The famed late medieval book of prayer and blessings upon the Prophet of Islam, Muhammad, known as Dalā’il al-khayrāt, written by Muhammad Sulaymān al-Jazūlī (d. 1465), would become one of the most popular texts of any sort across the early modern Islamicate world. From modern-day Morocco, where al-Jazūlī lived, worked, and died (he completed Dalā’il in Fes, while he would ultimately be buried in Marrakesh), his most famous work would rapidly spread to points east, with copies appearing by the mid eighteenth century as far afield as Eastern Turkestan and the Indonesian archipelago. As this text and its devotional regime spread, the text itself took on what was in some regards a relatively stable visual schemata- depictions of Mecca and Medina, schematics of Muhammad’s tomb and minbar, and an overall ornamentation and careful, often fully vocalized script could all be found in copies across the Islamicate world. At the same time, different regions drew the text into their own traditions of art and manuscript production, while in some cases adding additional material. In the eighteenth century, for instance, Ottoman copies of Dalā’il would often come to include hilye-i şerif panels, calligraphic ‘verbal icons’ of Muhammad (which themselves had originally existed in a medieval treatise).
In the Maghrib- the Islamic ‘Far West’- where the text originated, copies of Dalā’il would often include unique to the region elements, elaborated in a variety of styles. One such unique (so far as I can tell) element was the inclusion, in the opening pages of the manuscript, of an illuminated genealogy of Muhammad. Here is a relatively plain example, making use of name roundels (which were also common in Ottoman productions and may have their origin in such a milieu) and extensions of names into the neutral space of the illumination:
However, the manuscript that I want to focus on here, now classified as BnF Arabe 6983, is another Maghribi version of the famous prayer book, and was completed in 1705 in what is now Morocco and held in the library of the Nāṣiriyya sufis in Tamegroute on the edge of the Sahara until it came into the collection of Hubert Lyautey, the French Resident-General of Morocco in the early twentieth century, and thence to the Bibliothèque nationale de France. This manuscript, which in its provenance history already bespeaks to much historical change, has one of the most spectacular and beautiful visual schemes of any copy of Dalā’il I have come across. The mihrab page above- an unusual feature in itself- hints at some of the artistic vigor and cultural exchange visible in this manuscript, which is very much oriented towards the Ottoman world, even as its core features speak to its Maghribi origins. The following page, an example of the above-mentioned genealogy component, demonstrates the Ottoman stylistic aspects especially well:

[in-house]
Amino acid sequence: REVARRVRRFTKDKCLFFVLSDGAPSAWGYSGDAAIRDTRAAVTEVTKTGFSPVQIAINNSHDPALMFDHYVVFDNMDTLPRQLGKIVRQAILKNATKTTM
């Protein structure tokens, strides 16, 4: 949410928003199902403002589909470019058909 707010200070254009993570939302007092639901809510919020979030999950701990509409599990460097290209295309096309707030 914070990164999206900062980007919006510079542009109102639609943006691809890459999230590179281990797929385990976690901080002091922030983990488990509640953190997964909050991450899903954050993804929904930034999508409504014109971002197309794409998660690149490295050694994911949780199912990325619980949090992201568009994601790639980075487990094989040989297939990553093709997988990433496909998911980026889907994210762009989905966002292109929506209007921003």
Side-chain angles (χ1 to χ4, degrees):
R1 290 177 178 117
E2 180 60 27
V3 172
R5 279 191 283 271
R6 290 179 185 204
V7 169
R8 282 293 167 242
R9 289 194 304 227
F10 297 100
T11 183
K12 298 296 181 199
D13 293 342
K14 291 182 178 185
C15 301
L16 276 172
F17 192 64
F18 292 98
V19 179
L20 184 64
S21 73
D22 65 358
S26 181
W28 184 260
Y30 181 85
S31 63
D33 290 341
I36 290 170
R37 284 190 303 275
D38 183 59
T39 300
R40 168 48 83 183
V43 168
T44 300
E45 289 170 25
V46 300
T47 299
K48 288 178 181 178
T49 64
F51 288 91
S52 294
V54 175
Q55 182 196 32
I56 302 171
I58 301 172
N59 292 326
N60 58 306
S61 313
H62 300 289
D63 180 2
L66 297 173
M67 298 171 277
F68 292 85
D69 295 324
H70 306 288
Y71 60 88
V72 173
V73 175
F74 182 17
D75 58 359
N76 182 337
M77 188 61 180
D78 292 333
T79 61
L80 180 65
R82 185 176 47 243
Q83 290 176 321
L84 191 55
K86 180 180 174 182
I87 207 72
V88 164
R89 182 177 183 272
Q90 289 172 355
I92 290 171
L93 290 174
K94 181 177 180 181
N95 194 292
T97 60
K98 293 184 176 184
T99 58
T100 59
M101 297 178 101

Here, the illumination’s neutral space, while like the first example containing the winding names of Muhammad’s ancestors attached to calligraphic roundels, has been filled with a delicate swirling floral pattern. Anyone with some familiarity with Ottoman history is likely to recognize that pattern- it originated in the illumination of the sultanic calligraphic emblem, the tuǧra, as visible in the following example, from the late sixteenth century:
Over the course of his several journeys through the Ottoman lands, the great shaykh, scholar, and saint ‘Abd al-Ghanī al-Nābulusī encountered all sorts of people from all manner of walks of life, from members of the Ottoman elite to Turkmen nomads in the desert. On the whole he expressed great affection and understanding for ordinary people, including those whose practice of Islam did not precisely accord with the textual, urban norms of the scholarly class of which al-Nābulusī was a prominent member. In the following story, which takes place in the Būlāq neighborhood of Ottoman Cairo, al-Nābulusī’s patience and tolerance were both tested greatly by a decidedly unprofessional Friday preacher to whom he and his friend and host Shaykh Zayn al-‘Ābidīn al-Bakrī, a prominent and well-known (as the story suggests) member of Cairo’s scholarly class, found themselves listening, first with amusement and later with other less positive emotions. The story is largely self-explanatory, though it is worth pointing out that the preacher’s attempt at angling a bigger share of the mosque’s designated endowment for preaching is a good reminder of the quotidian, economic realities running through Ottoman religious life, like the religious lives of people the world over. His apparent substance addiction, as we would now call it, also reminds us that such problems are hardly anything new, while the undercurrent of humor this story has a decidedly contemporary feel to it as well.
‘We came to the Sanāniyya Mosque [that is, the Sinān Pasha Mosque, built in 1572] and the prayed here the Friday prayer. We found the preacher preaching and mispronouncing words, praying and reciting and mispronouncing words—in other words, he did not cease from his mispronunciations! But no one else inside of that mosque noticed, nor anyone outside in the courtyard. Shaykh Zayn al-‘Ābidīn al-Bakrī, God preserve him, when the preacher would make a mispronunciation would look at me and grin. The preacher, out of his ignorance of his mispronunciations, thought that he was amazed at his eloquence and heaved a sigh. Off-handedly, the following verses came to my mind in that we had never encountered a preacher quite like him:
The preacher of Būlāq whose voice/ prides itself more than the mill does the flour,
Preaches with mispronunciation upon mispronunciation, and if/ he mispronounces here, compensates with mispronunciation there!